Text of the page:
French foie gras prices could swell this year due to a surge in maize prices but the increase should have little impact on sales and exports which continued to rise last year, producers said.
Foie gras makers association CIFOG said half of French households had bought foie gras in 2010 and that sales had risen by 3.3 per cent while exports had gained 11 per cent versus 2009.
But the association said a 20 per cent increase in production costs in 2010, linked to a 54 per cent rise in duck feed prices due to soaring grain prices, needed to be passed on in sale prices. Makers already negotiated a rise of four to five per cent with retailers earlier this year.
This is not enough. Grain prices remain high so we will likely have to ask for another increase of around eight to nine per cent at the latest on July 1, CIFOG member Thierry Blandinieres said. It s not over. Spring will be hot but it is necessary.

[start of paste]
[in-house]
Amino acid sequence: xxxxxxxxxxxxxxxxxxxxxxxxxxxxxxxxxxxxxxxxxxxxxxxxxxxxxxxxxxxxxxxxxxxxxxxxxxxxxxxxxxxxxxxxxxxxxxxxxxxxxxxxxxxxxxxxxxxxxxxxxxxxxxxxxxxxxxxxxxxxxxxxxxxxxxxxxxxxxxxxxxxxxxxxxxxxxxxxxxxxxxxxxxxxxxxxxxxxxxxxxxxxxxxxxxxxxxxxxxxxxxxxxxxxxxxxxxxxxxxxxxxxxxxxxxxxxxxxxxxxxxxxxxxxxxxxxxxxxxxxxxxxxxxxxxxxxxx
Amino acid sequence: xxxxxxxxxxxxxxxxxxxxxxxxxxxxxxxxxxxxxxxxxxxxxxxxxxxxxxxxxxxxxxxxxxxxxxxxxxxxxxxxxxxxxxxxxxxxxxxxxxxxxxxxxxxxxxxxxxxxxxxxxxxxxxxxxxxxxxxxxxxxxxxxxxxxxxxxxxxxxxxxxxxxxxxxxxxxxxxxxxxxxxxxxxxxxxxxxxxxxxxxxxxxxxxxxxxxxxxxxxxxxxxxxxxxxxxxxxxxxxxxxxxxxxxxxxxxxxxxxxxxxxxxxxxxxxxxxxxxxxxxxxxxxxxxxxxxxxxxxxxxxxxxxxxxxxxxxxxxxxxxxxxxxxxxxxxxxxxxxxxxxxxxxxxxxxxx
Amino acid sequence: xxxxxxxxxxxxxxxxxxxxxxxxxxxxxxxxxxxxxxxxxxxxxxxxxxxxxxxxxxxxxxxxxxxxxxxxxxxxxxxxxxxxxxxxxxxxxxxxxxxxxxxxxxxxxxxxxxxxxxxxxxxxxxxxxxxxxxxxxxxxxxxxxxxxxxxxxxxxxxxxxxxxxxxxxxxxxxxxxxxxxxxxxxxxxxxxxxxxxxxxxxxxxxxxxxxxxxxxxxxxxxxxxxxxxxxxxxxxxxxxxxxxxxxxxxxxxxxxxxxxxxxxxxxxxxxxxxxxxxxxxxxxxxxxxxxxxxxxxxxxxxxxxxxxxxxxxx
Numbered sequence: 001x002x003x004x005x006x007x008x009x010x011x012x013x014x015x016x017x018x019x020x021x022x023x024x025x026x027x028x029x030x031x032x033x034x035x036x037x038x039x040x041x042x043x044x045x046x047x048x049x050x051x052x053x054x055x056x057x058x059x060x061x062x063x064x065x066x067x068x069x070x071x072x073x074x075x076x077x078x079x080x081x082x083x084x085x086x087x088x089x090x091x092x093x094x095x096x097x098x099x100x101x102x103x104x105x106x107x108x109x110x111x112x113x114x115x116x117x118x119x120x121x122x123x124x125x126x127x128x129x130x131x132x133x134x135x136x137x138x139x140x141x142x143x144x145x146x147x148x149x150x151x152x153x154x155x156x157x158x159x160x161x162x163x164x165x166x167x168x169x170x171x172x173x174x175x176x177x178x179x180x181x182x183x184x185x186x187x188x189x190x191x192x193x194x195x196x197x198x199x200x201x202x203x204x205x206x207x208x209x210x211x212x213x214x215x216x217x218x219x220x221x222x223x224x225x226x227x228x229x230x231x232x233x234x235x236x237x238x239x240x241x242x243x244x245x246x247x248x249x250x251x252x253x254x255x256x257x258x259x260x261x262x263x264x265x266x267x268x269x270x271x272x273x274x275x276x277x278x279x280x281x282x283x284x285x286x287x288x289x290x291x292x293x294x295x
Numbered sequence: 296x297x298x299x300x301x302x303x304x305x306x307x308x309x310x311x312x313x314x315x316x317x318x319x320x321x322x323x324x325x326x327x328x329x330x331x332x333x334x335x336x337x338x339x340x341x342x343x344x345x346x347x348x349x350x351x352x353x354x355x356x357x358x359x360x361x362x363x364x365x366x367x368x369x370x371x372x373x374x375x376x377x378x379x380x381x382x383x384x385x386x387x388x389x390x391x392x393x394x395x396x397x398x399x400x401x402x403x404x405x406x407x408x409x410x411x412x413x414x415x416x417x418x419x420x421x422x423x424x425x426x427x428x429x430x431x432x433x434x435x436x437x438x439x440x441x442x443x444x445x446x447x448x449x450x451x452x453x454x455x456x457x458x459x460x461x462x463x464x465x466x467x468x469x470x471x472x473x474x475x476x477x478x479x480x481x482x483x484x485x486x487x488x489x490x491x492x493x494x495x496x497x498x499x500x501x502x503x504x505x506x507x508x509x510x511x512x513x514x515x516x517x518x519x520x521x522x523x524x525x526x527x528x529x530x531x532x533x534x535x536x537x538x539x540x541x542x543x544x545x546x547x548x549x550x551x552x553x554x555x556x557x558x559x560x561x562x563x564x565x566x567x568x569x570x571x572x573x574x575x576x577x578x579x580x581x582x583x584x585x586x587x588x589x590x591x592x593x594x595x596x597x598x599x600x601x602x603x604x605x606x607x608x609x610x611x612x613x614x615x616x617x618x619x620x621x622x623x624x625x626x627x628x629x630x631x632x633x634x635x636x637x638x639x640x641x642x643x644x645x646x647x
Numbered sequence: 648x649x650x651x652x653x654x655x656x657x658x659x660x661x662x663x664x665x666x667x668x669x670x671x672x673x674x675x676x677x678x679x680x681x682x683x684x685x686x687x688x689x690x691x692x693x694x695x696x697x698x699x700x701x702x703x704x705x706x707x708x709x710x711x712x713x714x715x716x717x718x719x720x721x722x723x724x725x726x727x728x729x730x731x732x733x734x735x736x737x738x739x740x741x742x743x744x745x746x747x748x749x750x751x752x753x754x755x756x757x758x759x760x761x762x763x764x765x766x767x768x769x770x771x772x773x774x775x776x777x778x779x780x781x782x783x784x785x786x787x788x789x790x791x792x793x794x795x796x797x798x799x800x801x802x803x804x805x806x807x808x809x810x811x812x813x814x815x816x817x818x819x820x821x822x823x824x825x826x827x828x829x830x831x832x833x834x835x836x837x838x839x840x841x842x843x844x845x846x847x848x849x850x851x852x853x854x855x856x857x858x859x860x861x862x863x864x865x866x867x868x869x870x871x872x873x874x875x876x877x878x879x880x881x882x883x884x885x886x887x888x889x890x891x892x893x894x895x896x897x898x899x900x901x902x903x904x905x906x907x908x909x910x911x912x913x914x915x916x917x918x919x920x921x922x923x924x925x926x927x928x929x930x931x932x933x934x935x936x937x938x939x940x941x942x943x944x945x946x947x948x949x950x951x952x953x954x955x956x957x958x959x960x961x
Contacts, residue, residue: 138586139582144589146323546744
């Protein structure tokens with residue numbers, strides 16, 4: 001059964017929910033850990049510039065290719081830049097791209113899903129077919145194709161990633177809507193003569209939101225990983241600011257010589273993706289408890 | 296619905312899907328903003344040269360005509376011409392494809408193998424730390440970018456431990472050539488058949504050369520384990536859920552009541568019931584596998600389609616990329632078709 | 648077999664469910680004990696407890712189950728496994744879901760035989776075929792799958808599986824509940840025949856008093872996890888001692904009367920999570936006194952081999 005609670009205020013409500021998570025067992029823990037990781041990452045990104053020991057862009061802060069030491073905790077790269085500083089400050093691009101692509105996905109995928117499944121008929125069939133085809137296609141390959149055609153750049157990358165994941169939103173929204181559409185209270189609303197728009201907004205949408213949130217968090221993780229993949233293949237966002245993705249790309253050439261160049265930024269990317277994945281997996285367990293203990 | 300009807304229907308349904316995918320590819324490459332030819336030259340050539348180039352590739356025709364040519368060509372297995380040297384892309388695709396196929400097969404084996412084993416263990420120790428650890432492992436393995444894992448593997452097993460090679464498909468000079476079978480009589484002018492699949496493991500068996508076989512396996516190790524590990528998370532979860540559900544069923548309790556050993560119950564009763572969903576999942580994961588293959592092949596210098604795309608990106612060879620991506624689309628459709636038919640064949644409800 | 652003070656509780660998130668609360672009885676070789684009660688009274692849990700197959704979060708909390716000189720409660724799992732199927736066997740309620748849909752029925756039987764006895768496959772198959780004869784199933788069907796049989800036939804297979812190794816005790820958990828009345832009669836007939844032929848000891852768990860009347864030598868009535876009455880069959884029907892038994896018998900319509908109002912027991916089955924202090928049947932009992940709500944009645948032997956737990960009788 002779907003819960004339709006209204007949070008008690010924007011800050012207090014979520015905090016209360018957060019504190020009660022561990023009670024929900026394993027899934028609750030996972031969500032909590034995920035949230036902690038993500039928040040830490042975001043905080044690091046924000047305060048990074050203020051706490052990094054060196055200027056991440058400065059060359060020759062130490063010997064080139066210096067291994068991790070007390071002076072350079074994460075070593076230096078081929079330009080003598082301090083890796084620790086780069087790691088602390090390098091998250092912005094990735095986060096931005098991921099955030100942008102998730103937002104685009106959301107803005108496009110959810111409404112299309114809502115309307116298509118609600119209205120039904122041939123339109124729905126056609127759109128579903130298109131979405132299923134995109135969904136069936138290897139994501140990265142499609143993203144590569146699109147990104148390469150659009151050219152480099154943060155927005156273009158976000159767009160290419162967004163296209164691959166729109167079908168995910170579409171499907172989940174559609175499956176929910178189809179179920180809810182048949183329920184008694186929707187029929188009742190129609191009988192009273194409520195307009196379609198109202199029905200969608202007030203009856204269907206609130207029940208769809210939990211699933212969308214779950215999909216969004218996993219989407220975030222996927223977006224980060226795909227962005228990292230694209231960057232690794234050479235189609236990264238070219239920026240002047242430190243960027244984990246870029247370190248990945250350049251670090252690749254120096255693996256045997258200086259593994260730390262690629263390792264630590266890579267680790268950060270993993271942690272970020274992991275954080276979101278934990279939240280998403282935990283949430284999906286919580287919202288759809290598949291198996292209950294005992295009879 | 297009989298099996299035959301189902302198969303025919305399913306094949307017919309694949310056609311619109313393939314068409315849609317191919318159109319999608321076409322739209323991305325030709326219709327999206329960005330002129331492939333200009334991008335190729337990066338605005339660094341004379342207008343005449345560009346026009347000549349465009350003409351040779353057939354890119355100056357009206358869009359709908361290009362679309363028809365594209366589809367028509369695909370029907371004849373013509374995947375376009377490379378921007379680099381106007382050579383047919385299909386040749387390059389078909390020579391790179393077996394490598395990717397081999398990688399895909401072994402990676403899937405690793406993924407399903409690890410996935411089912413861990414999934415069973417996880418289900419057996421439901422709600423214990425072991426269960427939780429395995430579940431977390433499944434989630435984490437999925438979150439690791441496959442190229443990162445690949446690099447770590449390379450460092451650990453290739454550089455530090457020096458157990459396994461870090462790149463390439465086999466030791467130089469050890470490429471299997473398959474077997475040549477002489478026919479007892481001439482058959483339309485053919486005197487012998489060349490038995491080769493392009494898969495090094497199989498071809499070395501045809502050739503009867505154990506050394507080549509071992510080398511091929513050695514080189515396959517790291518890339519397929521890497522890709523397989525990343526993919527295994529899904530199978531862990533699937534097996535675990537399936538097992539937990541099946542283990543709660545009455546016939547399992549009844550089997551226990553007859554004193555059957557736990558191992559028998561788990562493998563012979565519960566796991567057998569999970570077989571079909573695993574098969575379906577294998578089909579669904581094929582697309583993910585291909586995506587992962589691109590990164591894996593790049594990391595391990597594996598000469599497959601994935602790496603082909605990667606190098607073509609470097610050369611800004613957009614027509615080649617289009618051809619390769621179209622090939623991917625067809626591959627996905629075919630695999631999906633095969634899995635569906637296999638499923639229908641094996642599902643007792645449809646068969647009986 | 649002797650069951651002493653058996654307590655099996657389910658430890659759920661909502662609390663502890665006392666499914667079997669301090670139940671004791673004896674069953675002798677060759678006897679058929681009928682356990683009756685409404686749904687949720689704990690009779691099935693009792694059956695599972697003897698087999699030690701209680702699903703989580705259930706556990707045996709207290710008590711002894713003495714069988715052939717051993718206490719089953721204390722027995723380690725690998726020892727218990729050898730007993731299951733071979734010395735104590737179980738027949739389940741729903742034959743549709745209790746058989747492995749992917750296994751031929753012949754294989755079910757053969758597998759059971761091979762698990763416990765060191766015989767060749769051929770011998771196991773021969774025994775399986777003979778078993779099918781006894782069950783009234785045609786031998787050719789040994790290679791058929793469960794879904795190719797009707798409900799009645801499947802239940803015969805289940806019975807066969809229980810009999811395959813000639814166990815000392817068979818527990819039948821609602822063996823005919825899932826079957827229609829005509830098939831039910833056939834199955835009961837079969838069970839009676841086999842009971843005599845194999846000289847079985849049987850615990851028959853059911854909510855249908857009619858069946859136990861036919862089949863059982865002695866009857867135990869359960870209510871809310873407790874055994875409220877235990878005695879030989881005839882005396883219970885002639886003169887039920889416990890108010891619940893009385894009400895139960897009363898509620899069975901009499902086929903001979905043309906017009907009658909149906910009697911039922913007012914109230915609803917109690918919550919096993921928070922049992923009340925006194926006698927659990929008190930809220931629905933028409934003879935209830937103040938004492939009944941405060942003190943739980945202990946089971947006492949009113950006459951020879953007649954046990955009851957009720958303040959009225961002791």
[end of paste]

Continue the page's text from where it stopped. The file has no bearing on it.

Other sectors such as meat, cooking oil or pasta, which also use large amounts of grains and oilseeds, prices of which surged to at least two-year highs last year, faced similar problems.
But foie gras producers played down the impact of the price rise on their consumers.
French households spend an average of 28 euros (C$39) per year on the luxury dish, mainly during the year-end festive season.
A rise of 10 per cent would only make two or three euros. I think that s acceptable for consumers, said Jean Schwebel, head of the European foie gras federation.